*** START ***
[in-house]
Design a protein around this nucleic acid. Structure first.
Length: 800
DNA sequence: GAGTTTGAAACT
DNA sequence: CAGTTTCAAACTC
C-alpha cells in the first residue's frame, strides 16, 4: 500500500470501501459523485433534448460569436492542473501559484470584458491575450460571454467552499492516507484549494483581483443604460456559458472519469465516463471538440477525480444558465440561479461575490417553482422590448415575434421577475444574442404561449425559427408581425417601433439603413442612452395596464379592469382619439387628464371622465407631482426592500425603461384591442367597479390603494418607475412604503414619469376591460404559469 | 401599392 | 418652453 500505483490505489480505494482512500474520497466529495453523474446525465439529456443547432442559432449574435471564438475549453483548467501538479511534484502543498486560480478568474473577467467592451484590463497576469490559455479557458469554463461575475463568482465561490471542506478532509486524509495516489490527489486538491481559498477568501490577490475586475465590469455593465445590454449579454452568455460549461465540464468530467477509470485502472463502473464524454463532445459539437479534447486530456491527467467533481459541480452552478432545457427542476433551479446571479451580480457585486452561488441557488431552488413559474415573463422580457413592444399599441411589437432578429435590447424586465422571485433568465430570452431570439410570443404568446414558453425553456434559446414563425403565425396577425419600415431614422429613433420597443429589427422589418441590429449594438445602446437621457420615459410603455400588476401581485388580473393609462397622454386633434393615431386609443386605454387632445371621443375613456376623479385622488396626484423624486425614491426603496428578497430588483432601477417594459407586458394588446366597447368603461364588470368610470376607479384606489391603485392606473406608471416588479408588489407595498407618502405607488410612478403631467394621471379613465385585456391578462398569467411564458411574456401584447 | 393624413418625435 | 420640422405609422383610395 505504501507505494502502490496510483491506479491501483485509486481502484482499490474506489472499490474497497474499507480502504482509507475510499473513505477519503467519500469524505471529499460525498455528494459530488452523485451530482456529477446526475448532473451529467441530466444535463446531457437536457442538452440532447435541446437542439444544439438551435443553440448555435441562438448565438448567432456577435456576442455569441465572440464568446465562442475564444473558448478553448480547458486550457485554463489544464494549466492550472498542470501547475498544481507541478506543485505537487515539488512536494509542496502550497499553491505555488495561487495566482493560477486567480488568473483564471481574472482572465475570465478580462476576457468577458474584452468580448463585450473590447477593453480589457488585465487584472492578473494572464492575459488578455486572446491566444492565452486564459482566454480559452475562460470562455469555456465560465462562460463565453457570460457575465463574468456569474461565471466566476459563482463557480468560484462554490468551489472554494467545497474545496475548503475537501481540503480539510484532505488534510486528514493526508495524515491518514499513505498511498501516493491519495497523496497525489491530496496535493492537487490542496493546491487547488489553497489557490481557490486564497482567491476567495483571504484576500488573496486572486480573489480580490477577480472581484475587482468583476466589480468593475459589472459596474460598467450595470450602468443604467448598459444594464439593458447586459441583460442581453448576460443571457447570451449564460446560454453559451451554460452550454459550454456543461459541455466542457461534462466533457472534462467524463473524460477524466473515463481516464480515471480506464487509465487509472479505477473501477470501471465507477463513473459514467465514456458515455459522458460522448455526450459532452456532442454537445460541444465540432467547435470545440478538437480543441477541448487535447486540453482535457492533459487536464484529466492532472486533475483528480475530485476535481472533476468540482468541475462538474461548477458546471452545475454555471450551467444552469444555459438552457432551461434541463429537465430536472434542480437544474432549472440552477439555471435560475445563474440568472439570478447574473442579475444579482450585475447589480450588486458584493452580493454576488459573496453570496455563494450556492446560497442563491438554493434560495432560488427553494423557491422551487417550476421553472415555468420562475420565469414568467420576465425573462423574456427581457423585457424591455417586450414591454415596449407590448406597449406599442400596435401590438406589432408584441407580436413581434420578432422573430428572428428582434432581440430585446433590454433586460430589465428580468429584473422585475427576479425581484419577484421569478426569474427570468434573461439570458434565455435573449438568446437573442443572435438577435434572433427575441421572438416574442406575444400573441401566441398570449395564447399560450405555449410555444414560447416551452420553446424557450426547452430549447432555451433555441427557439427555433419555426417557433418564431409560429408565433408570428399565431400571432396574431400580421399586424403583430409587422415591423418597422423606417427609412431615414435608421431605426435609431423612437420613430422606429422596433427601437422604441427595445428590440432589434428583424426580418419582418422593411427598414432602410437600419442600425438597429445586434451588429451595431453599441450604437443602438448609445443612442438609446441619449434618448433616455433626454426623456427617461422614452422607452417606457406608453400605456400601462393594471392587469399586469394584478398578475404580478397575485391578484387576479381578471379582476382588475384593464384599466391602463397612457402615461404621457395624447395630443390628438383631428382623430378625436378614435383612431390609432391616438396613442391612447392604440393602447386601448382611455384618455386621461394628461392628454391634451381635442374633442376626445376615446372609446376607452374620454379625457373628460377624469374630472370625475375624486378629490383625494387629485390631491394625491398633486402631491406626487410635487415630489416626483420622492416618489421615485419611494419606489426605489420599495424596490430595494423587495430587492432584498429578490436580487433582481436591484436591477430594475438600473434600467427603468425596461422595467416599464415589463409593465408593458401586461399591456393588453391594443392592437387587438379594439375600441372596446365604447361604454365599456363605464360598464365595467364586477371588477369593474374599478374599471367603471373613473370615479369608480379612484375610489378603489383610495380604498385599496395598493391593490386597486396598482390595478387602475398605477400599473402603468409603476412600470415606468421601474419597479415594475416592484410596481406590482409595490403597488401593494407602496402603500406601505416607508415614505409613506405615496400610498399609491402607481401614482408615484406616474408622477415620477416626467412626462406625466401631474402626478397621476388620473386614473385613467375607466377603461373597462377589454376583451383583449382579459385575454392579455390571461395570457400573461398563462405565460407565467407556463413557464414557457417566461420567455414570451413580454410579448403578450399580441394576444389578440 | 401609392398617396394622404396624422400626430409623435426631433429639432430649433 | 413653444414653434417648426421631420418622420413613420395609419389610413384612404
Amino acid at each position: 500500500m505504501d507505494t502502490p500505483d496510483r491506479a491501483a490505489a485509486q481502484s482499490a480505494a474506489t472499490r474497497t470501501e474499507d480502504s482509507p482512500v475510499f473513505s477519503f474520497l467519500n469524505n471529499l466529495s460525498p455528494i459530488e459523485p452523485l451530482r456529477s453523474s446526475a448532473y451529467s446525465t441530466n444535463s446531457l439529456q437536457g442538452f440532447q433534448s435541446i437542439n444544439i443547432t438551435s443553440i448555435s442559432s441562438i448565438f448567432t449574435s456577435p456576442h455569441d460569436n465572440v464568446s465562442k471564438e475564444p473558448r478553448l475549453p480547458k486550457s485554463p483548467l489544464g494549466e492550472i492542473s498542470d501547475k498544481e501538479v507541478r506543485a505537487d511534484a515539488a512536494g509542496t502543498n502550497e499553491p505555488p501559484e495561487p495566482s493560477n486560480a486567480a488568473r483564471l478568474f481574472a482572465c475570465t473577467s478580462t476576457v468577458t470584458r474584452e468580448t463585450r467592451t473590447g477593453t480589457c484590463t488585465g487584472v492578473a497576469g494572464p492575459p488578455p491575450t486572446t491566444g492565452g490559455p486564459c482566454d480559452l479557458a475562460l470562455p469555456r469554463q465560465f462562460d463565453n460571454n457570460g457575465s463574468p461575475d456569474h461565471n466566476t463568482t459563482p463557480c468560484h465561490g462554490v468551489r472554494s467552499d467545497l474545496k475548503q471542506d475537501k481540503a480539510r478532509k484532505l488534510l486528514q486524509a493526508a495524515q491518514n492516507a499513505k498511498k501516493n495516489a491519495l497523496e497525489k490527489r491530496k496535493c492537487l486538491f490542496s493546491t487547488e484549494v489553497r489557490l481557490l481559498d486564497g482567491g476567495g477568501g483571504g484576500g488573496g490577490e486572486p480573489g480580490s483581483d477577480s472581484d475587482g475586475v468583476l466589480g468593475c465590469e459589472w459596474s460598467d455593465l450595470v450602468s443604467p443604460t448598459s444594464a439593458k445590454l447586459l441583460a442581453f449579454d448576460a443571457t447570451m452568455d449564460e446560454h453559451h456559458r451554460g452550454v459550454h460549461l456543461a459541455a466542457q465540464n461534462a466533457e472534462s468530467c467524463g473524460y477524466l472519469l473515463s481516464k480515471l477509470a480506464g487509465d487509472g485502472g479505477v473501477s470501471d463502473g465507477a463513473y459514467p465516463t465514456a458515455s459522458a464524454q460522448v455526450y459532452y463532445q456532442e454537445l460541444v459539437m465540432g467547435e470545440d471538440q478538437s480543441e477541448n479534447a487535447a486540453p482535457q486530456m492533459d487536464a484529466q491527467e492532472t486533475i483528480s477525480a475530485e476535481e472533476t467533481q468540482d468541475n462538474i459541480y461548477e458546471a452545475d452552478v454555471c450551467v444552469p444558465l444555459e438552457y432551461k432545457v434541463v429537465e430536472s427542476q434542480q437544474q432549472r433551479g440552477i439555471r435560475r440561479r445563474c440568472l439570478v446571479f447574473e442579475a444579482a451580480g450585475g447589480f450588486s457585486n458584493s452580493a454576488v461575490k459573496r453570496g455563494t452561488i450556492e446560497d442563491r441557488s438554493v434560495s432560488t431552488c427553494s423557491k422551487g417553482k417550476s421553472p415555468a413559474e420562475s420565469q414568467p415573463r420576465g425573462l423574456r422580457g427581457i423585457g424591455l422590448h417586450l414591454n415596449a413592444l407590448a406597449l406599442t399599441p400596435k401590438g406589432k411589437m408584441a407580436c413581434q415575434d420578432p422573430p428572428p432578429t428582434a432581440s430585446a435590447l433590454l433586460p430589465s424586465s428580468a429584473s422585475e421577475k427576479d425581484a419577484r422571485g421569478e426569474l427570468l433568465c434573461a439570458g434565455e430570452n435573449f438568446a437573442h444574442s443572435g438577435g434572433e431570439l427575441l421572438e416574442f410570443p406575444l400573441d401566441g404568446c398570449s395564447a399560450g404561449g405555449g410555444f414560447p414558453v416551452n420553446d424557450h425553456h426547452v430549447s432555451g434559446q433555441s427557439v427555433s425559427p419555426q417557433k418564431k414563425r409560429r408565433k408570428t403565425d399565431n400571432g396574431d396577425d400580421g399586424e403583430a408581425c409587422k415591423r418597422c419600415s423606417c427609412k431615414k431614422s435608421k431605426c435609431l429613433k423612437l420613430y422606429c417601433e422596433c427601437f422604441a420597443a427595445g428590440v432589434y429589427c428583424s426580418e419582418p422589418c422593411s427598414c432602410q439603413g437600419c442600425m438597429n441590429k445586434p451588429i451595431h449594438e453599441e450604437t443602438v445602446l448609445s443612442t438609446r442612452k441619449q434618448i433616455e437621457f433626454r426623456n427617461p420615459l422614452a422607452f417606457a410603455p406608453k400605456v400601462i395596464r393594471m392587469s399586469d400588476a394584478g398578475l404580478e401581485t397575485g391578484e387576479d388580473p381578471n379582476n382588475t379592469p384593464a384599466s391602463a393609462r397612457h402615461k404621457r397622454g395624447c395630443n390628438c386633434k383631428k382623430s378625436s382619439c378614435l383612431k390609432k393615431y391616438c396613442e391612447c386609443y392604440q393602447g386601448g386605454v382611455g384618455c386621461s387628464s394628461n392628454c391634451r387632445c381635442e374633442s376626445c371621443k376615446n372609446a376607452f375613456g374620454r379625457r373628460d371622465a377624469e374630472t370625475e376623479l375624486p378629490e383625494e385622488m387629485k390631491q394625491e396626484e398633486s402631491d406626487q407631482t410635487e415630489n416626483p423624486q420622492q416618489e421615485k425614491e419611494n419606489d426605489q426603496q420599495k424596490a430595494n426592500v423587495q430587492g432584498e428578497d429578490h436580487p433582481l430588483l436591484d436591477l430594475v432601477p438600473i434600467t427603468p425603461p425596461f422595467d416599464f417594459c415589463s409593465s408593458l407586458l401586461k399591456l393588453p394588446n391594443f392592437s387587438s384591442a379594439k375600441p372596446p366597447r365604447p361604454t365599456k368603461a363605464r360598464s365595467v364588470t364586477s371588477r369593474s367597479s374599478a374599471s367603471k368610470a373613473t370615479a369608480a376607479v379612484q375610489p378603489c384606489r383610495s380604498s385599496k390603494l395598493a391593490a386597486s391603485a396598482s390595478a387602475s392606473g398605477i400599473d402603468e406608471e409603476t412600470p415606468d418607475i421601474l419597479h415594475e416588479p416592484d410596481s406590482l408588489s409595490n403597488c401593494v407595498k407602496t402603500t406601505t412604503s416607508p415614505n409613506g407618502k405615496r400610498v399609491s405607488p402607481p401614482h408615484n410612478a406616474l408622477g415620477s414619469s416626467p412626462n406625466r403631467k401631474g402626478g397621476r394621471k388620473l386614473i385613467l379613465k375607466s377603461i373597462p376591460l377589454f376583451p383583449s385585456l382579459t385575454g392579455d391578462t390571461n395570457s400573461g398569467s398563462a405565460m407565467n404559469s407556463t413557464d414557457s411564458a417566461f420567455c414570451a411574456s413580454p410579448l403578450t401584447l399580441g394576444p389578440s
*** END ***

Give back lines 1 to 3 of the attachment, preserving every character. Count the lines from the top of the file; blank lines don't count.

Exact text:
[in-house]
Design a protein around this nucleic acid. Structure first.
Length: 800